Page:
Side note: Some factions inside the ondist community wanted to remove the possibility of this effect by correcting the design flaw that causes it, but they were met with an uproar by those (including me) who realized its importance in performing the modern repertoire of the Ondes Martenot. In the end, the consultations resulted in not making the proposed modifications.
4. Danny Elfman – Mars Attacks! (Original Motion Picture Soundtrack)
With this film score, it’s a little more anecdotal, less central, but I like when the Ondes gets used creatively in this kind of orchestration. Usually, I don’t really like when you associate the Ondes and theremin with ghosts and aliens, but it must be said that it is extremely tempting, and sometimes can be quite successful.
I did try to seek out a film score where the Ondes is more central. With regards to personal works I have played on, I could have chosen Bastards by Claire Denis (with music by Tindersticks), or Manta Ray by Phuttiphong Aroonpheng (with music by Snowdrops). And I could also have talked about lots of older films from the ’30s and ’40s, but hey… in the end, let’s go for the aliens!
Mars Attacks! is a very funny film by Tim Burton, with a wonderfully funny score by Danny Elfman. The musical writing is at once both grandiose and sarcastic — another duality that works well in scoring or orchestration in general. And this is aided by the playing of Jeanne Loriod on the Ondes Martenot, which emphasizes the ribbon playing techniques at a high level. For me, no one has been able to make the Ondes sing as beautifully, with intensity and musical expression always at the service of an incredible musicality, as Loriod.
I was lucky to have her as a professor at the Paris Conservatory, but above all to continue working with her after my studies. I owe her a lot, and Elfman’s music here fits her like a glove. Their partnership on this score gives an incomparable color to the film.
5. Radiohead – “How to Disappear Completely”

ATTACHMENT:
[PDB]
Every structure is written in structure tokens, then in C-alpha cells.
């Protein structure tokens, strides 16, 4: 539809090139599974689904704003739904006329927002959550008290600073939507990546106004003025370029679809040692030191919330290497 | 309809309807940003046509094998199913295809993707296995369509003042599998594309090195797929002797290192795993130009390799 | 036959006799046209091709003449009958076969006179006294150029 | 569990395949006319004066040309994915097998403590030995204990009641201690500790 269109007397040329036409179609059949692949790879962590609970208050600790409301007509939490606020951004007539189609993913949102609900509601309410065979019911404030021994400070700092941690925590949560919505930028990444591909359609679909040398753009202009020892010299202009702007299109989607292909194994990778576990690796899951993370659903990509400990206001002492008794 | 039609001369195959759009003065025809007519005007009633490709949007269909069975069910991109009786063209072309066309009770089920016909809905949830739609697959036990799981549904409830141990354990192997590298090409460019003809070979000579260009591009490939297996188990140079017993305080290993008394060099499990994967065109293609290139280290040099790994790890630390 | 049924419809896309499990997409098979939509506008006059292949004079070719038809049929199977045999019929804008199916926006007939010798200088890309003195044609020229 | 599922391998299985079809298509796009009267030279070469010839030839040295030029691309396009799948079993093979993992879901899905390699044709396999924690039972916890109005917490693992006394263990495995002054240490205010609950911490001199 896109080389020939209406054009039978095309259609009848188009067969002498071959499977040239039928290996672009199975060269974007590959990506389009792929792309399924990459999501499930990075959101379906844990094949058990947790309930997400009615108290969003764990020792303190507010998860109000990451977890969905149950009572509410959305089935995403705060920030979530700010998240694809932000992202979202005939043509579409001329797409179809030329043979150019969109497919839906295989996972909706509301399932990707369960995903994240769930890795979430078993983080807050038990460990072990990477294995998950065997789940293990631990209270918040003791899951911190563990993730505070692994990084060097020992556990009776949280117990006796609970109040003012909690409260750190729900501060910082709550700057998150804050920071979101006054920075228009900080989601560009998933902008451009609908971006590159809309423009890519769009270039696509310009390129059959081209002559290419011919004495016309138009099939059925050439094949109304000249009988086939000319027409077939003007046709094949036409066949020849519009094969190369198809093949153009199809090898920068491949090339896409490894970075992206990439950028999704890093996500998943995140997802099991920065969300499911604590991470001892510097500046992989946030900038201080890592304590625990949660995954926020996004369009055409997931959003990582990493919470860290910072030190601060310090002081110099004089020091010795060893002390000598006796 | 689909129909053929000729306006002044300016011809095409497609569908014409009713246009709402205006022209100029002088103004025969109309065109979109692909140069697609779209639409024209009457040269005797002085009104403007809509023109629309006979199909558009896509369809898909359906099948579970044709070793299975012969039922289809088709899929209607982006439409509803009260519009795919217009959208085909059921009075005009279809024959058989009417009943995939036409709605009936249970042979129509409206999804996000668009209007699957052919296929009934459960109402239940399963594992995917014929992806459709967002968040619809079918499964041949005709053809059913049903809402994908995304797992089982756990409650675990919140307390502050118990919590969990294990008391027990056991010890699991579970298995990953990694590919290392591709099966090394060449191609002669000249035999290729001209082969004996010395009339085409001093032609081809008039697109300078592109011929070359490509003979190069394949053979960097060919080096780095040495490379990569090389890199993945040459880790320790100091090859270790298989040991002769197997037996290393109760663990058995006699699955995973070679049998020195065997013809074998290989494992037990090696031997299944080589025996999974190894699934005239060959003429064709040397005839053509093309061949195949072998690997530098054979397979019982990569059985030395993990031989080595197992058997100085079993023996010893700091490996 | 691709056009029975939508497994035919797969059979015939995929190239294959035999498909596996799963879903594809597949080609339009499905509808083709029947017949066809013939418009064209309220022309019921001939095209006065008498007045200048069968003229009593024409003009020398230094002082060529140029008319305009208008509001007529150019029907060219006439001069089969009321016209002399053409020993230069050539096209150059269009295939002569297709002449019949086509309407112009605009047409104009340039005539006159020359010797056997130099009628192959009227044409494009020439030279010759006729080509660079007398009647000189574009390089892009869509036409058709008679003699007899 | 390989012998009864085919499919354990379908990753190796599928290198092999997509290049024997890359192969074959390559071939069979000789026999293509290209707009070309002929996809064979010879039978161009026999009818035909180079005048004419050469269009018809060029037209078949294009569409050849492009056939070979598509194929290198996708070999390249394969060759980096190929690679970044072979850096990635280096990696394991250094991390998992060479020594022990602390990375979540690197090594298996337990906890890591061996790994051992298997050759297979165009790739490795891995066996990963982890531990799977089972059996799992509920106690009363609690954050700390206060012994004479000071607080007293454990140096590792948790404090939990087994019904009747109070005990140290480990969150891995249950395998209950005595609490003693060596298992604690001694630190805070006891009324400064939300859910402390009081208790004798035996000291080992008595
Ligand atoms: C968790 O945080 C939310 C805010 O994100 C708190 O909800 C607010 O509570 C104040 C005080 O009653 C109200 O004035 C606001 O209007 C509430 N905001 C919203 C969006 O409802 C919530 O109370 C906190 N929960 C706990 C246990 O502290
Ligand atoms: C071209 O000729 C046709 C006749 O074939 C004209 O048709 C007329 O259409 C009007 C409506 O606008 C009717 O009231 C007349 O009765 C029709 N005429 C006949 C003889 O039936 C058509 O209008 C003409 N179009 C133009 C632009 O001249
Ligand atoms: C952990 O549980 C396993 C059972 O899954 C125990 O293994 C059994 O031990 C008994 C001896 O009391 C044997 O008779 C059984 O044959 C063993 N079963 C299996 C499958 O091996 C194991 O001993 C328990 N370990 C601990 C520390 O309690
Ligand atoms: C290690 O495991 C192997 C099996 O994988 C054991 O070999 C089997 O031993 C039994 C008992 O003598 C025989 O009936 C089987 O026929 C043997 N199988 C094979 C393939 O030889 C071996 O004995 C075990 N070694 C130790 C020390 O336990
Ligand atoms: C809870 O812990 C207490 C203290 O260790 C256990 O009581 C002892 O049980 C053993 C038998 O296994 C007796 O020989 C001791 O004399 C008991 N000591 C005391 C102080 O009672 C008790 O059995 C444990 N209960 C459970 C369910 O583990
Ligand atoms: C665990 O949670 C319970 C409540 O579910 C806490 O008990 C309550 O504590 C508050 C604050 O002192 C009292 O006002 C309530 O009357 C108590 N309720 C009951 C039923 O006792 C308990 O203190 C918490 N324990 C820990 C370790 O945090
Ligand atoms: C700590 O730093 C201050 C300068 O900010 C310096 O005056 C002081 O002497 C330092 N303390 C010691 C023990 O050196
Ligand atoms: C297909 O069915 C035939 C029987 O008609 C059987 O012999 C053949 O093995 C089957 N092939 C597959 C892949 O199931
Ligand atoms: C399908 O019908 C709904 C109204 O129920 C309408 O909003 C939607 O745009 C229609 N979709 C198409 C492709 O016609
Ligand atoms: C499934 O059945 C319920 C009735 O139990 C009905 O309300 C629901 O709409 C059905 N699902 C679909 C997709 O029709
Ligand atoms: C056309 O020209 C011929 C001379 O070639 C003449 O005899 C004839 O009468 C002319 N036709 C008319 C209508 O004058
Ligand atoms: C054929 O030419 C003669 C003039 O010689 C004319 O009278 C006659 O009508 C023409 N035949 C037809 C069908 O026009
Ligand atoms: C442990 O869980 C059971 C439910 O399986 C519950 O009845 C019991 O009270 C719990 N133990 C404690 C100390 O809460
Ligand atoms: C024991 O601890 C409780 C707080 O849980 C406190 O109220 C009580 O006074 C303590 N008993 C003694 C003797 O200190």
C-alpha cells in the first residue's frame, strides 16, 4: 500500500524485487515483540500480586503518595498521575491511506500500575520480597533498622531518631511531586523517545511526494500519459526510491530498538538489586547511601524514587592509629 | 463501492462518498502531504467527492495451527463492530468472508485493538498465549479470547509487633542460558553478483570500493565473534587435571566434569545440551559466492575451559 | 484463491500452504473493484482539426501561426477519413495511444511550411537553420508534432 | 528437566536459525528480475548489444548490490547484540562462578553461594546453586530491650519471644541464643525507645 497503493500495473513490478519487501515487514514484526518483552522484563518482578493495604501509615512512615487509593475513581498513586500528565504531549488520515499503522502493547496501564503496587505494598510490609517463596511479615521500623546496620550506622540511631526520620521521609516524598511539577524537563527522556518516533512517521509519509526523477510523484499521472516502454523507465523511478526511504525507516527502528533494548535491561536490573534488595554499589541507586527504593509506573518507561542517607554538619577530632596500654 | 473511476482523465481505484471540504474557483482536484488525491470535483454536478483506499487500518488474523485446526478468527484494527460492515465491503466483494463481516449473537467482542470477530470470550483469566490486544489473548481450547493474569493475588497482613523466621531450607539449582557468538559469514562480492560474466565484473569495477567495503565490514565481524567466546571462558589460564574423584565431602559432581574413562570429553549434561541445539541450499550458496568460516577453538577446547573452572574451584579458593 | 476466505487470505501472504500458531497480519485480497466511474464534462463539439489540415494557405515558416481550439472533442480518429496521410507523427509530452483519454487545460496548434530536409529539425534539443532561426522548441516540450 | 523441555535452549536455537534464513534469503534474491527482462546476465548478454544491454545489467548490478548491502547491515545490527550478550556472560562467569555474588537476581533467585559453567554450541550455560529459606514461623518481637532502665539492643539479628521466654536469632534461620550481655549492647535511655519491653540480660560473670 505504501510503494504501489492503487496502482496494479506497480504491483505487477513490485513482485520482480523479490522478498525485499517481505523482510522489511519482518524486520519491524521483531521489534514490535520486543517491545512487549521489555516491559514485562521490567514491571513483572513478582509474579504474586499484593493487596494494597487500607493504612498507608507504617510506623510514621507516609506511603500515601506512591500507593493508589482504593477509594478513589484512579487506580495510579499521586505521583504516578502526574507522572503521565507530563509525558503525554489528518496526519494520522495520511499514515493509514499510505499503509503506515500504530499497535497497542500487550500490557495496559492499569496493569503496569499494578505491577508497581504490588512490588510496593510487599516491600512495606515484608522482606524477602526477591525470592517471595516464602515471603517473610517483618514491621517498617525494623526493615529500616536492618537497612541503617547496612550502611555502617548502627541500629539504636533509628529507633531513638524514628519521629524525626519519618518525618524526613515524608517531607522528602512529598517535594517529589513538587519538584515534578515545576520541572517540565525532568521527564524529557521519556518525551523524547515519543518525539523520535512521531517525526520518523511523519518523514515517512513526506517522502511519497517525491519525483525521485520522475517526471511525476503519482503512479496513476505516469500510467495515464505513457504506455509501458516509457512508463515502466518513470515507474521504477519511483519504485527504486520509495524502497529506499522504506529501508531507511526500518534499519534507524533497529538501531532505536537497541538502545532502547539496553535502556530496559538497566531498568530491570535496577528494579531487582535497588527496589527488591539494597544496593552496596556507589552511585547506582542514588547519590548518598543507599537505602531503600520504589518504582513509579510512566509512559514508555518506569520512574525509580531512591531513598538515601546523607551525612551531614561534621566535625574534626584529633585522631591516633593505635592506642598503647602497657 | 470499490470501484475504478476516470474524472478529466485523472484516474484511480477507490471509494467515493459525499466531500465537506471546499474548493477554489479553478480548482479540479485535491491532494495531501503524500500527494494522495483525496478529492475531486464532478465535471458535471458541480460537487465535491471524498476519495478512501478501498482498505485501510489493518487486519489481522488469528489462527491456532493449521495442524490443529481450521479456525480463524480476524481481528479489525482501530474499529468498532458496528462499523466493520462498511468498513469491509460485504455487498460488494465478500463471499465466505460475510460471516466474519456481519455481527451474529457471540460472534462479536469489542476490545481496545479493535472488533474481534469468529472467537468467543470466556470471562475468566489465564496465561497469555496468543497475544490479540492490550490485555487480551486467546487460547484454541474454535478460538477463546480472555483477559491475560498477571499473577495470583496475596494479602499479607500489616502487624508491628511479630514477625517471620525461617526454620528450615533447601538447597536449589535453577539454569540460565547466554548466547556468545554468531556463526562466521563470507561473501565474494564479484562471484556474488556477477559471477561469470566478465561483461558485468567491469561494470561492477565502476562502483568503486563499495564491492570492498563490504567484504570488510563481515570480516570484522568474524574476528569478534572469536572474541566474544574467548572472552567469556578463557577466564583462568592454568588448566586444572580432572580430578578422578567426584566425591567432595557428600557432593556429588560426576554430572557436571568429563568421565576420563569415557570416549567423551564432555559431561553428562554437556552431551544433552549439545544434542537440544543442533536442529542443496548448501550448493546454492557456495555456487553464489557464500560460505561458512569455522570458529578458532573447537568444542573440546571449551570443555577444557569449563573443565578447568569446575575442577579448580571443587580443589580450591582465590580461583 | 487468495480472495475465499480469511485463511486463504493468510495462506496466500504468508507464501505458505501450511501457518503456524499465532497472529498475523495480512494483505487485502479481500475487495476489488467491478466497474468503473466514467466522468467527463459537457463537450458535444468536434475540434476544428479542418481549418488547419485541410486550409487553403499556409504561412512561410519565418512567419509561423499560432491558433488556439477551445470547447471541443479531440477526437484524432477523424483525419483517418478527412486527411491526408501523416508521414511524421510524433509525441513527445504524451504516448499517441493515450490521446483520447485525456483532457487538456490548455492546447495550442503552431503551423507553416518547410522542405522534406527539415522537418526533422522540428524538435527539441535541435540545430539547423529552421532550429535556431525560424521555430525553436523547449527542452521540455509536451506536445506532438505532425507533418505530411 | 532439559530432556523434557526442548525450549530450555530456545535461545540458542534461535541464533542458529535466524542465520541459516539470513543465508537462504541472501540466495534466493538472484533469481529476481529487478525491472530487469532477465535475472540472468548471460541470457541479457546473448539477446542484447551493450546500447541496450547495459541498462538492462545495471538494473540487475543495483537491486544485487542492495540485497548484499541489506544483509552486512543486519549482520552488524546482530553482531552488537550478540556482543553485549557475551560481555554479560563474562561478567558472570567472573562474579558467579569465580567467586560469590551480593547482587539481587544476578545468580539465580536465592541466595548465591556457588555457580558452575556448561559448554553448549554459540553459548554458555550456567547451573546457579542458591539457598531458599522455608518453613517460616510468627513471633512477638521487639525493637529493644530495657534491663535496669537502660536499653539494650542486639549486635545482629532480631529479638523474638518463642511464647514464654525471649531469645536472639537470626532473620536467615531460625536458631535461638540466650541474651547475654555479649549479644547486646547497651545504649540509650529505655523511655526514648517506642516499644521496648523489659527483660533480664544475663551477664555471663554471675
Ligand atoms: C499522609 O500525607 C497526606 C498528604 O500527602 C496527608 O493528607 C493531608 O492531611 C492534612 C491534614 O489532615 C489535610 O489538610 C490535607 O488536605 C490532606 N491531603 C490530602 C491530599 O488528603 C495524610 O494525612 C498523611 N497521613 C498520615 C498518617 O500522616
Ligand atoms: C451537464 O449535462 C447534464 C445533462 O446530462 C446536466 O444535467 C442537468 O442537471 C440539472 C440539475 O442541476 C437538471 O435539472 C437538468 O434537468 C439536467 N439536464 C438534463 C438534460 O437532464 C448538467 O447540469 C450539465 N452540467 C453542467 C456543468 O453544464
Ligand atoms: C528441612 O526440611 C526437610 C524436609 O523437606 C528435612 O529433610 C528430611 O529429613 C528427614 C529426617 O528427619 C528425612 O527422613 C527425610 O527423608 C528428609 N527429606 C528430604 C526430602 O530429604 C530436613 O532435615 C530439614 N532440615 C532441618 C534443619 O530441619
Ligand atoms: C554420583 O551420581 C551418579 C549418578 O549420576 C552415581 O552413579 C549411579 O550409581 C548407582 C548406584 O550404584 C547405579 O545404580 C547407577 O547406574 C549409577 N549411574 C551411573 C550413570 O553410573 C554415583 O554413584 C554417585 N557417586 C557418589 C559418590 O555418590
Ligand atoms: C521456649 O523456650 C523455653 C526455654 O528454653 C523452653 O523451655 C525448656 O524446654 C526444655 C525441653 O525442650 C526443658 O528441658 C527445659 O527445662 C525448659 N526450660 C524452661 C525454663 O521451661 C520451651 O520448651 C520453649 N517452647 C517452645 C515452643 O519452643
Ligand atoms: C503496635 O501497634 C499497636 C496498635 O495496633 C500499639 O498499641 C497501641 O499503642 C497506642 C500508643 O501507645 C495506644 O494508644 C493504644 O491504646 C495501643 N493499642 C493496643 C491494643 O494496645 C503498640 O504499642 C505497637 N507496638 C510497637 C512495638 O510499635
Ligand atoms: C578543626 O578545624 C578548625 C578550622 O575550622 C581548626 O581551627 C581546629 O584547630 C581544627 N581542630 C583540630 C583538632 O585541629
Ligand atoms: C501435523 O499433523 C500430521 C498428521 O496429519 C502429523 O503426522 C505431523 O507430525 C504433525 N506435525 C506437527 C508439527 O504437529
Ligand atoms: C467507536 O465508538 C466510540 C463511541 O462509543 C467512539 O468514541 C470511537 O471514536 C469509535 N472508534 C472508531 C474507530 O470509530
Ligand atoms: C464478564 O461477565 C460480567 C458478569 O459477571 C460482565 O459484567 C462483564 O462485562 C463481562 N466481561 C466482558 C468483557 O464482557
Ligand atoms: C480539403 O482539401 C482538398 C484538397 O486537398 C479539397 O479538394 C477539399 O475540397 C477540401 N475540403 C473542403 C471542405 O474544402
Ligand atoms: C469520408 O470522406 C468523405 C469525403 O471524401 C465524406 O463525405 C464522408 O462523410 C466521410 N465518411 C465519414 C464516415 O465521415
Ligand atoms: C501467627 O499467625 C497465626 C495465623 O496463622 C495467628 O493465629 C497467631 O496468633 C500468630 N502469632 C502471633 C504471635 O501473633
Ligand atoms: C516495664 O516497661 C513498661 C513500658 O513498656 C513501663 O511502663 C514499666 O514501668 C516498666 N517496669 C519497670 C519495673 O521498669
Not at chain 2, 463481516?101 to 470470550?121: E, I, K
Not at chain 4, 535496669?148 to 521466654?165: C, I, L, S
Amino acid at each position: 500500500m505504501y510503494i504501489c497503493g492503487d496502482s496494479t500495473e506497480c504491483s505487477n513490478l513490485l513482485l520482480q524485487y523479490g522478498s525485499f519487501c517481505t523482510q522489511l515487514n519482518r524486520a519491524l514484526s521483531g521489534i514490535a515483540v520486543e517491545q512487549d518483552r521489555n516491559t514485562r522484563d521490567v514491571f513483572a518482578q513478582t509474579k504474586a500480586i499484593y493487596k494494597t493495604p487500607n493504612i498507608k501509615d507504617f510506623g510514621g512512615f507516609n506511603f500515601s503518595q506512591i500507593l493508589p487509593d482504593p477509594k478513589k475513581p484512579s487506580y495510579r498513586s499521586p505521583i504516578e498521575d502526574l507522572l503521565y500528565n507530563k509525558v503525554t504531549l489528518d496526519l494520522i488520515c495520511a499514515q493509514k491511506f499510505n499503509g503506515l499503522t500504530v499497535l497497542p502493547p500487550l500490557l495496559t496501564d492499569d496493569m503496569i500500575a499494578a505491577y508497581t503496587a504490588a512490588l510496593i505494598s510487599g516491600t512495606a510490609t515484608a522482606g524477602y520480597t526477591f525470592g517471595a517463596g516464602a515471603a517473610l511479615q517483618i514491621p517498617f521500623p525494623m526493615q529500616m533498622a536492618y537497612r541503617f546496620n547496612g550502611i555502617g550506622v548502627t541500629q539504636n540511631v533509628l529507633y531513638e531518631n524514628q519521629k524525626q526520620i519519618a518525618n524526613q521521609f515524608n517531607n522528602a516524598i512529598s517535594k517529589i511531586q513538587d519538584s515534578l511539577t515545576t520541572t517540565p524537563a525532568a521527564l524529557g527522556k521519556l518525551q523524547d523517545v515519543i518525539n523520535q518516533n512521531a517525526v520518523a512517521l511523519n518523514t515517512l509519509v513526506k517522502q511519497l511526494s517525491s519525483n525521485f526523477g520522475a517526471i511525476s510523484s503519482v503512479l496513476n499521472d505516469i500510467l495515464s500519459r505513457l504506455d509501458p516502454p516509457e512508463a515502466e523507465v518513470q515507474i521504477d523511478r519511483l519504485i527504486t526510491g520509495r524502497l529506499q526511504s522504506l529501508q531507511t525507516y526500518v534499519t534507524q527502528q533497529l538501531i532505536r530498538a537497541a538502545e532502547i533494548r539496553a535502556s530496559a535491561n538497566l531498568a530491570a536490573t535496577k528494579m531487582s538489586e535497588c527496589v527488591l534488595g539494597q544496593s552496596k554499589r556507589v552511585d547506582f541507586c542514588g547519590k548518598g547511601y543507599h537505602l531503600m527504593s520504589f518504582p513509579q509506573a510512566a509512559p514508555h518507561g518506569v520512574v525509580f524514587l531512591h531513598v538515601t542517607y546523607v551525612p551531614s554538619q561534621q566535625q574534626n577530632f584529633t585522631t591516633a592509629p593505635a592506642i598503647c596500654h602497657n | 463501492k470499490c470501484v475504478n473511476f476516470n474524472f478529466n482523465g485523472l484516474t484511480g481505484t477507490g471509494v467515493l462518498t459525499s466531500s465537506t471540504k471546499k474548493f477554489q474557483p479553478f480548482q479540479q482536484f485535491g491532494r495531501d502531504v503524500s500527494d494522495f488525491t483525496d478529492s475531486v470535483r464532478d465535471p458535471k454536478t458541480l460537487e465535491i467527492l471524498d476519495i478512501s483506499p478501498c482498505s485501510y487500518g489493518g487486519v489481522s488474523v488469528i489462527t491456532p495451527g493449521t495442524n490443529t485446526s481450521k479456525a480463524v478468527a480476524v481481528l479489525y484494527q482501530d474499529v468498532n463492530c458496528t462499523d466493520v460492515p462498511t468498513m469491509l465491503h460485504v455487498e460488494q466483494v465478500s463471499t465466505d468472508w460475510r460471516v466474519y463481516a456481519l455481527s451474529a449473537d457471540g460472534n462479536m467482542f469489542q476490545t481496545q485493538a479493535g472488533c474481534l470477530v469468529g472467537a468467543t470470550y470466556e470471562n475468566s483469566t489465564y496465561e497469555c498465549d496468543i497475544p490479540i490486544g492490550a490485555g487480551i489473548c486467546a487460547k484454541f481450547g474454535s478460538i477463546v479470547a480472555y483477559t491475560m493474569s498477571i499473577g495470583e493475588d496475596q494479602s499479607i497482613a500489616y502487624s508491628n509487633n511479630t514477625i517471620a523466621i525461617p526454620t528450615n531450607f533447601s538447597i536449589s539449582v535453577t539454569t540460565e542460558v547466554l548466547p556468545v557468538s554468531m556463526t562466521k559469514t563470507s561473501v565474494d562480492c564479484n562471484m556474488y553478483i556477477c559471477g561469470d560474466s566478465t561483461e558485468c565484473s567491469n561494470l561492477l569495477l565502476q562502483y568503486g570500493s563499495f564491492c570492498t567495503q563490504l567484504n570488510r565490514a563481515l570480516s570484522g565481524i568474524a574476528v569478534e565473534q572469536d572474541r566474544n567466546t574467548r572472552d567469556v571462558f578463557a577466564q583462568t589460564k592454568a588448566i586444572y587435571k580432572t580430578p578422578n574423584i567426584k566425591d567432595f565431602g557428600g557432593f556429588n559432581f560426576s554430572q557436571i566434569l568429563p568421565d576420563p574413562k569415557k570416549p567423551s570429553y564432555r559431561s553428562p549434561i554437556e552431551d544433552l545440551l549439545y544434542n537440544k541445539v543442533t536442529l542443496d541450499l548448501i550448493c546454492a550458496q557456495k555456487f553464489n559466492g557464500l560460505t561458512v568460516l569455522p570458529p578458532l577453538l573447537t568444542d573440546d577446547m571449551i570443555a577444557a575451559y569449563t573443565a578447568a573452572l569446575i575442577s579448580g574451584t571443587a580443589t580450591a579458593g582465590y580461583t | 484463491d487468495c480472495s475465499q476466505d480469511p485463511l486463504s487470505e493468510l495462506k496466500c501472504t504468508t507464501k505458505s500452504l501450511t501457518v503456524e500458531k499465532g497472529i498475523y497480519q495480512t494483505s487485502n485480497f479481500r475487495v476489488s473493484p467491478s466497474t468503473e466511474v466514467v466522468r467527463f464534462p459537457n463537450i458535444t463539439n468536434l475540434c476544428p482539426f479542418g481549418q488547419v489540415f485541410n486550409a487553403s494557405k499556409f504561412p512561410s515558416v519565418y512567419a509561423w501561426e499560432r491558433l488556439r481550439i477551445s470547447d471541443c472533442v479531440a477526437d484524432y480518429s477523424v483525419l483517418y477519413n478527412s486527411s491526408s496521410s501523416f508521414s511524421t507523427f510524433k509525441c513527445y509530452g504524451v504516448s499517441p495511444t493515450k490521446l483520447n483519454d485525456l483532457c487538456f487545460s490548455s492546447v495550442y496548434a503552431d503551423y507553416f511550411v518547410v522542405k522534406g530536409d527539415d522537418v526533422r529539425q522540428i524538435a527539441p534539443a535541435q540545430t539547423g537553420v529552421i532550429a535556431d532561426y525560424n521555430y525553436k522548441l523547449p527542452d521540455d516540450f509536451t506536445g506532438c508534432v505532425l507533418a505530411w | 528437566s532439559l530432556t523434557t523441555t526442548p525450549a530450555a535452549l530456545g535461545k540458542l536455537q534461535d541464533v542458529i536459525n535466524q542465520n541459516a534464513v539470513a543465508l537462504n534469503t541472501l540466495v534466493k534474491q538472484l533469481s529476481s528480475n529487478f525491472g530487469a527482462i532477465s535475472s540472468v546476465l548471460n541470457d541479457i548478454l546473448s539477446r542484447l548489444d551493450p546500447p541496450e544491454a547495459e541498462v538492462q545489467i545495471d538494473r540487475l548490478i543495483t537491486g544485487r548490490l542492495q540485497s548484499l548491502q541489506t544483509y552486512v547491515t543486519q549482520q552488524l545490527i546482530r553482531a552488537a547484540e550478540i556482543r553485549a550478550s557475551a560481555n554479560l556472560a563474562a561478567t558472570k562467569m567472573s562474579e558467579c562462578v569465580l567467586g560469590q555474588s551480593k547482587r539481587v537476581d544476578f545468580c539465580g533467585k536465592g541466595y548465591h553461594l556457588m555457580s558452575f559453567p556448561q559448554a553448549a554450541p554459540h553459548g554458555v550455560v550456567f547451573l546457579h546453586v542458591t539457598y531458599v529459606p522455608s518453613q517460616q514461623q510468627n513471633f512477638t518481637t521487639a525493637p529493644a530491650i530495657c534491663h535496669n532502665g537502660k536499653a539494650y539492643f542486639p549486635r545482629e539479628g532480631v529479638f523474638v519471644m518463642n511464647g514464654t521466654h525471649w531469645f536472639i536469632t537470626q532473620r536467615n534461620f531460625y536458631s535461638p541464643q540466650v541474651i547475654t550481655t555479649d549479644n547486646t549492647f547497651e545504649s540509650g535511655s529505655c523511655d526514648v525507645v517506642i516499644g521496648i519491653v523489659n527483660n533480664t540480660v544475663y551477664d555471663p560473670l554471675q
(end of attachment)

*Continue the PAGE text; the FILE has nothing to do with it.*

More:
It is sometimes a problem to lock the Ondes Martenot and its repertoire in a very tight box — thus, it is impossible to talk about the Ondes without talking about Olivier Messiaen or Radiohead’s Jonny Greenwood. These two essential names have done a lot to bring this instrument into the public conversation, but many times, people’s curiosity stops here.
It’s a bit of a shame… But it’s also somewhat inevitable, considering the rarity of the instrument and its difficulty to perform or transport; the extended apparatus including four loudspeakers and a diffuser. And yet, the Ondes Martenot has been around for nearly a century, and sometimes I have the impression that a great deal of knowledge is doomed to disappear. Jean-Loup Dierstein, who has studied the Ondes for a long time and who currently builds these instruments by making modifications to the original schematic, has no current successor. The transmission and legacy of this knowledge may soon be lost forever.
Jonny Greenwood and Radiohead have undoubtedly helped the fashionable return of this instrument though, and I love the work that they’ve done to restore it. “How to Disappear Completely” is an incredible track that does just that. It was envisioned, composed, and even produced to highlight the characteristics and subtleties of the Ondes Martenot, intertwined with strings and accompanying the bewitching voice of Thom Yorke.
Here is a very special version, filmed for Canal+, which features six ondists, including Greenwood (and including myself!), sitting around Yorke. It was a very special moment, and very strong emotionally.
The Ondes Martenot is a monophonic instrument, so it only produces one note at a time, when composers or arrangers work with several players, you can achieve a polyphony and harmony. The result is always a beautiful and ethereal sound, due to the overtones and microtonalities that this instrument produces.
6. Jean-Philippe Goude – “L’Homme dévasté”
I esteem and I greatly admire the writing and the music of Jean-Philippe Goude, in general, and specifically for the Ondes Martenot. “L’Homme dévasté” is a piece for a small ensemble, Ondes Martenot and electronics, and I actually performed it on stage at the Théâtre National de Bretagne in 2008.
The Ondes Martenot part is a bit crazy, extremely lively, and virtuosic in certain places. Certain very lyrical passages transform the instrument into a real “opera diva;” and others are technically quite difficult, featuring terribly long intervals on the ribbon. Of my past collaborations, it is one of the pieces that I like to perform the most but also to listen to again and again.
7. Roly Porter – “Tleilax”
For my final choice I wanted to feature an electronic piece, and nothing suits better than Roly Porter’s “Tleilax,” with none other than Cynthia Millar on the Ondes Martenot.
I’m not sure what I love more, the loop of the Ondes from which the entire piece is built, or the entire universe of sounds that surround it. It’s almost as if, after an atomic bomb explosion, there were only a few organic sounds and bits left, and Porter’s work makes use of them all!
Christine Ott’s latest album, Chimères (pour ondes Martenot), is out now via Nahal Recordings.